Two great articles I read today pointed out that strong engagement isn’t focused on you, but on what your customer or donor cares about – which surprise, surprise..isn’t necessarily about you.
Jenna Quint provided tips on how to write a great charity thank you letter while is YOUR DONOR.
Another by Harvey Schachter for the Globe and Mail says the rules for new economy are shaped by experiences and therefore SHARING STORIES is what people find engaging.
Both articles struck a chord because I’ve been watching how charities speak to me in emails I’ve been receiving in my personal email box. In some cases I’m appalled and in others I’m underwhelmed at best.
One charity recently wrote to me about helping in their fight for children’s rights globally but the email was full of “us” “we” and “our” and hardly mentioned donors at all, except in asking to give generously.
So keep that in mind as you read these two articles which I hope will be a help to you as a marketer or fundraiser.
Curated from CAUSEVIEW
There are lots of components that go into writing the perfect donation thank you letter. In an older post, I actually put together a comprehensive list of donation thank you letter dos and don’ts While there are tons of best practices, every good thank you letter focuses on one major thing: your donors.
In order to write the perfect donation thank you letter, you need to understand your donors. Now, you’re probably thinking, “I know my donors!” But do you really? People who know their donors can answer questions like: how many different donor types do you have? Why
do they donate to my cause? How do they prefer to be solicited? How often do they donate? Etc.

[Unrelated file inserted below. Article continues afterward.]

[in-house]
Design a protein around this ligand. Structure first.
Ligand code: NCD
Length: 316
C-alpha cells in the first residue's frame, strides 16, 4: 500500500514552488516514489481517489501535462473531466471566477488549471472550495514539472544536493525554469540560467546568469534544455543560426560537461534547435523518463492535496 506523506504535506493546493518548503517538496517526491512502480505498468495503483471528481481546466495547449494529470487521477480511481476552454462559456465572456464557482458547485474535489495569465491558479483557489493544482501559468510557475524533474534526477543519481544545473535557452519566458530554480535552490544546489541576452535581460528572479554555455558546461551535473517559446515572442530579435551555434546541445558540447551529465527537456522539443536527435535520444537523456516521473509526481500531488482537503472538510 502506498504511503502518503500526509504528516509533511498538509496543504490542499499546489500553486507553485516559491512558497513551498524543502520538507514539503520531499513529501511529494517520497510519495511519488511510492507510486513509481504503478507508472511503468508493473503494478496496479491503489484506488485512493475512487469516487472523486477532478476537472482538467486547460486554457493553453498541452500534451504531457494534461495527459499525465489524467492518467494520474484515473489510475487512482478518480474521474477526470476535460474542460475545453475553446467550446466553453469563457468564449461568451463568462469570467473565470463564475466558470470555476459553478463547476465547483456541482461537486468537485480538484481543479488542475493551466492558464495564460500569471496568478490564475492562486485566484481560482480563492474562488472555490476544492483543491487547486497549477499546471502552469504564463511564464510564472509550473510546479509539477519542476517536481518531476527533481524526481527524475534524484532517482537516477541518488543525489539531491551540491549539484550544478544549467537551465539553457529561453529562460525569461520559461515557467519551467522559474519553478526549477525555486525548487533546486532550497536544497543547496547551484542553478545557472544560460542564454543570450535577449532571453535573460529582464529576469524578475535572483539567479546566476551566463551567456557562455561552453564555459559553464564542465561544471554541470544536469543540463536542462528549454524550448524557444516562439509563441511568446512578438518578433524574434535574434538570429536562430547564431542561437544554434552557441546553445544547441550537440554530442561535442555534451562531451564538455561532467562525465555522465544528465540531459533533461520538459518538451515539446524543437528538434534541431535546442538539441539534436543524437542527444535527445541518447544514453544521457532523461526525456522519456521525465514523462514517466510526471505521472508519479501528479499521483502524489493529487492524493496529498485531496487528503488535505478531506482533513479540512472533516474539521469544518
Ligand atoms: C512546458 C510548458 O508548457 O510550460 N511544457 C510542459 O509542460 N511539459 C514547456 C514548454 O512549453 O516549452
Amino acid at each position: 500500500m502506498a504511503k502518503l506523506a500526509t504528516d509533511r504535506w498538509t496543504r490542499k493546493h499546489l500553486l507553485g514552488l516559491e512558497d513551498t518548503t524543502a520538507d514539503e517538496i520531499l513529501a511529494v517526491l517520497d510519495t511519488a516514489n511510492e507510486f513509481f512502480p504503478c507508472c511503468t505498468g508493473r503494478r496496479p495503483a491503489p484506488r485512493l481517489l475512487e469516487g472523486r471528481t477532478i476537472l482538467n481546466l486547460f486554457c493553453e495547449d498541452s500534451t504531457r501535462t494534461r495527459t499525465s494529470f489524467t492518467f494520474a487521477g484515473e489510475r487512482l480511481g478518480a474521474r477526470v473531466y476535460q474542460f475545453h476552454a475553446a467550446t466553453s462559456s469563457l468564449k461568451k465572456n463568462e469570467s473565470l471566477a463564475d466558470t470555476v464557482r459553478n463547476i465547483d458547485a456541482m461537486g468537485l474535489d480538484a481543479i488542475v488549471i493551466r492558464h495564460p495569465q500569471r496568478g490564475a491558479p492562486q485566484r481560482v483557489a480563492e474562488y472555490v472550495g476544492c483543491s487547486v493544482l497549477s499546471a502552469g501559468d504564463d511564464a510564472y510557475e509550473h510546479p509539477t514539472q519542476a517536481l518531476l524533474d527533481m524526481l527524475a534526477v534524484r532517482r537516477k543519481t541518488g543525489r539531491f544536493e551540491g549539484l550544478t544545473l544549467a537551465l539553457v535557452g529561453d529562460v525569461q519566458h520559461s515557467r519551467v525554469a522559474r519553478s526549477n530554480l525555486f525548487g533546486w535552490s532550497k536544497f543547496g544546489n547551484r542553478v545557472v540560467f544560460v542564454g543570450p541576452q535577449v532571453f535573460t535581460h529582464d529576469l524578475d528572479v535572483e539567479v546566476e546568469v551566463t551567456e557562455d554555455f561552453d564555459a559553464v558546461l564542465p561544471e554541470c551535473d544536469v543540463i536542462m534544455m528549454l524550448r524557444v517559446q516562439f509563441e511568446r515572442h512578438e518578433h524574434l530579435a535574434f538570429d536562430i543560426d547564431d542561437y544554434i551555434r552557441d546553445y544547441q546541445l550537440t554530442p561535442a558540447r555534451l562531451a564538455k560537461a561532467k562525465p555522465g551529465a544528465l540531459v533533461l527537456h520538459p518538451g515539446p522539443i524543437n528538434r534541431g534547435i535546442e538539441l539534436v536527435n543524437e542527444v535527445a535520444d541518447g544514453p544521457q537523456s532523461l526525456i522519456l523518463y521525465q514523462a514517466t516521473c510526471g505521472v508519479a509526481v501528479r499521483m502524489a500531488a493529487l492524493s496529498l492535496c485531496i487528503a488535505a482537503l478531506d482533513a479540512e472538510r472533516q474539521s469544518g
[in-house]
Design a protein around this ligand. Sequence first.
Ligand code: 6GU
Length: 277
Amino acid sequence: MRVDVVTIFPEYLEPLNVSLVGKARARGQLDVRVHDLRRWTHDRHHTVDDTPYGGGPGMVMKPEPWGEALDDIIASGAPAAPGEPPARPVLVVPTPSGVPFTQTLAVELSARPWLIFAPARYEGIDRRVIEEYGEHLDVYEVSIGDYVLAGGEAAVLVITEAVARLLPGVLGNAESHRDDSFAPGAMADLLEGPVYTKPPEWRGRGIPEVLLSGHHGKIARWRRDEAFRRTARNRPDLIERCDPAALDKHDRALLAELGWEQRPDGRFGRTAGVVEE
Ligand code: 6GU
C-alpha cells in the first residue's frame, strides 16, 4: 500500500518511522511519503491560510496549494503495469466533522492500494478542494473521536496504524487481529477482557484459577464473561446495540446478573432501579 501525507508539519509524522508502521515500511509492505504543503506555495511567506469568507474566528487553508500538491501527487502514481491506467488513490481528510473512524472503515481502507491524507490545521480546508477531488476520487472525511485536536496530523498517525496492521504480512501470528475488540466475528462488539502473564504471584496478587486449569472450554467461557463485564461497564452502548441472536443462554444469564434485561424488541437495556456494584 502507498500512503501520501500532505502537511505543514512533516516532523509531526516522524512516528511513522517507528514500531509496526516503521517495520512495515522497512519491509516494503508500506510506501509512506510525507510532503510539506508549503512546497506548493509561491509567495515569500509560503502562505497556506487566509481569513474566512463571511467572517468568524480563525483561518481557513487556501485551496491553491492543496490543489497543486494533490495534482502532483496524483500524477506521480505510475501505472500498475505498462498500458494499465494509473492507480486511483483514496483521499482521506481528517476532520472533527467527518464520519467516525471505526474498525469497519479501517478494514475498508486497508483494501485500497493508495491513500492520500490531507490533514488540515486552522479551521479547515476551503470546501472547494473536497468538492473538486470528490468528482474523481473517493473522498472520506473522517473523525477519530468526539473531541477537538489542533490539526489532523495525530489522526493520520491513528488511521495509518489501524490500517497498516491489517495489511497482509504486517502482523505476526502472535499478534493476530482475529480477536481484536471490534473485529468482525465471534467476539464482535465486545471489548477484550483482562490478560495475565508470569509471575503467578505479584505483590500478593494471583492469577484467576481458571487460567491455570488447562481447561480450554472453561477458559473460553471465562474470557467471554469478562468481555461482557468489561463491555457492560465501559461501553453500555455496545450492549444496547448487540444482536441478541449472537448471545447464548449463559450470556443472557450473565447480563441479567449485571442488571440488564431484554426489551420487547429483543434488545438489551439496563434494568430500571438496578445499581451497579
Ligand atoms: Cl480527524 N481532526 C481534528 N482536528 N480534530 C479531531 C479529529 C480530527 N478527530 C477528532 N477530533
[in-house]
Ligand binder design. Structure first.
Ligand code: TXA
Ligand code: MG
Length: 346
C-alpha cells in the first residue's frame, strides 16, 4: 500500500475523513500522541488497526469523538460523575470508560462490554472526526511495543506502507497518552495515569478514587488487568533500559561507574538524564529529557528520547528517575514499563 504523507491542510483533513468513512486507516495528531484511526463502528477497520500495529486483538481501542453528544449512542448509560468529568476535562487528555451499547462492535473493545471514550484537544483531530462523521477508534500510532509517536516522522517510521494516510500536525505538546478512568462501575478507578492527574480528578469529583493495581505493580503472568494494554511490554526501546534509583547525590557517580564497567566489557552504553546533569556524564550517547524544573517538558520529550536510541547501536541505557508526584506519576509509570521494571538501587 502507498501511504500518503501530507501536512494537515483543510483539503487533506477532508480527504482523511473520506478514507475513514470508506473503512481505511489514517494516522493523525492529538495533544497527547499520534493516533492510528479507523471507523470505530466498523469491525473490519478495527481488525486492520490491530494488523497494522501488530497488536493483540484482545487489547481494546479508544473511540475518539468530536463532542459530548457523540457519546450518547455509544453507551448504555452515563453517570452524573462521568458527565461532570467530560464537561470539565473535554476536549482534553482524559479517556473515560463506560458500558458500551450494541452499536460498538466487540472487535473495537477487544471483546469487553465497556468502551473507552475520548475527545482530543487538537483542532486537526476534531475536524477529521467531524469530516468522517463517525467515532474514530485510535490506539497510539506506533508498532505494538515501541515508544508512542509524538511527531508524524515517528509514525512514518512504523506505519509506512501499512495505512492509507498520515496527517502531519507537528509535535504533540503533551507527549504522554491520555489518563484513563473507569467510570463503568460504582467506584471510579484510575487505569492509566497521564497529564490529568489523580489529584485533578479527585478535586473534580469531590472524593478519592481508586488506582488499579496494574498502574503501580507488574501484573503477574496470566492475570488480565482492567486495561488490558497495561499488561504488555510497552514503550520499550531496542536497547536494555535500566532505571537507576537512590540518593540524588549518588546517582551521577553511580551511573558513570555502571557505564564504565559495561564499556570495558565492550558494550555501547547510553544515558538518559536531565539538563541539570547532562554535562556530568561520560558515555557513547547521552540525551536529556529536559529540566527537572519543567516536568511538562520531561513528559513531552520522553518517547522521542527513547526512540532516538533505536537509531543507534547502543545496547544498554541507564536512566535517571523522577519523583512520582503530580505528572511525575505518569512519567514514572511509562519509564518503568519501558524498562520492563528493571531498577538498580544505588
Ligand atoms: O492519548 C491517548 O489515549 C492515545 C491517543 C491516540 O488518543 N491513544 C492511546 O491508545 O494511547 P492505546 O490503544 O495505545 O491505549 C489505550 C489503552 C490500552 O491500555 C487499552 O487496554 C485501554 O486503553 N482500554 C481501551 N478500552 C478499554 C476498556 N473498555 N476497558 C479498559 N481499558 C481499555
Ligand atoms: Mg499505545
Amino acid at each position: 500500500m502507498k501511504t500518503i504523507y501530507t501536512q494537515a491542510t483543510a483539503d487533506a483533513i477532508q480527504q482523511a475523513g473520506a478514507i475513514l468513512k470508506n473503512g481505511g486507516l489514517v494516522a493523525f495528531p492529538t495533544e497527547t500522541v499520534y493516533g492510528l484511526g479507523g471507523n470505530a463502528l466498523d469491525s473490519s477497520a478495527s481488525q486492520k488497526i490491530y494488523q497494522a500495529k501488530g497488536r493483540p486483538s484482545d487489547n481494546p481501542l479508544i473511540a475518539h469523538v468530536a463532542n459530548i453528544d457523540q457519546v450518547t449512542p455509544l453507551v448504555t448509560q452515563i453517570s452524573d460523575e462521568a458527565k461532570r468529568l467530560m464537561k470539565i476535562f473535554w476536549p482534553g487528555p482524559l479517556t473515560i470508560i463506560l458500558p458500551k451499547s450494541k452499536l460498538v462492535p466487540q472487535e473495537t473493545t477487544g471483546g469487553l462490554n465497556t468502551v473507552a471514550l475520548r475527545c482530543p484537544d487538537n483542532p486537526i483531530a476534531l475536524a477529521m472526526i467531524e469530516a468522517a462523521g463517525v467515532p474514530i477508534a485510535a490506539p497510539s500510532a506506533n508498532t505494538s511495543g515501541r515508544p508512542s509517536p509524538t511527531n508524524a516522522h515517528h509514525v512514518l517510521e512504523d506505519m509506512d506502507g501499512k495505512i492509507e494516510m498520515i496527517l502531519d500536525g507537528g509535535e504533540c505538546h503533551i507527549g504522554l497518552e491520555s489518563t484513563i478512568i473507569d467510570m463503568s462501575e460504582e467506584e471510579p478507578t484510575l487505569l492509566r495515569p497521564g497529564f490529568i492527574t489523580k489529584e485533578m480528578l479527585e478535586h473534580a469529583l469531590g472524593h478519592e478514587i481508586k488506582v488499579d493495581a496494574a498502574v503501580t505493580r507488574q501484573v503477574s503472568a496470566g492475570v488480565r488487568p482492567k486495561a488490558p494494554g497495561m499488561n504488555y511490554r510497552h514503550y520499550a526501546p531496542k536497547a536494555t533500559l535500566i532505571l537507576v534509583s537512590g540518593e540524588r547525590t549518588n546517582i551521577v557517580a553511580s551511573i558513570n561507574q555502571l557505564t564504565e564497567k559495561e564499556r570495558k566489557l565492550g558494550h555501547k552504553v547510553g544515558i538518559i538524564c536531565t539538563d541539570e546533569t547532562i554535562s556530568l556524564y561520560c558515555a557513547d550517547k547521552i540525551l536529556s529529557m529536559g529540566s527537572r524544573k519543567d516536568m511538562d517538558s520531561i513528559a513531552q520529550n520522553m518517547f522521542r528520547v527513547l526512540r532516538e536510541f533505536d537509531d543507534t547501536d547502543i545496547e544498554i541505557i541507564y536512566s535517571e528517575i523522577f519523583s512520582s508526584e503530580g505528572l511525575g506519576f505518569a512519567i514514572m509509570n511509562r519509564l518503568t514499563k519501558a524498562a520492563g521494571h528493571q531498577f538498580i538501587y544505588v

People in the for-profit space also need to understand our customers. So, in order to get a better idea of what’s driving our customers, marketers craft fictionalized representatives of our ideal customers, called personas. A business can have one persona (customer type) or many personas. Once we establish our persona/s we base all of our marketing efforts, including copywriting, around the persona/s’ needs.
Before you write your donation thank you letters, you should craft your own donor persona/s (depending on how many different donor types you have).
One thing to note, crafting your donor personas will help you with more than writing your thank you letter. It will help you become a more donor-centered fundraiser, all around.
Curated from Globe and Mail
In 1999, consultants B. Joseph Pine and James Gilmore told us we had entered a new economy shaped by experiences. More recently, we keep hearing about the need for executives and the brands they oversee to become adept at storytelling.
Frank Rose, a journalist and senior fellow at the Columbia University school of the arts brings those two streams together in a call for us to learn the art of immersion, as his book two years ago was titled, and tap into the thirst for experiences and stories among the consuming public.
“Think in terms of stories and deepening them in ways that can be helpful to your customers, making your company feel part of their lives,” he said in an interview.
Managers, engineers and consultants like facts. And facts, he concedes, are useful. But he insists they are not as powerful as stories, which fit the way neuroscientists are finding that we think.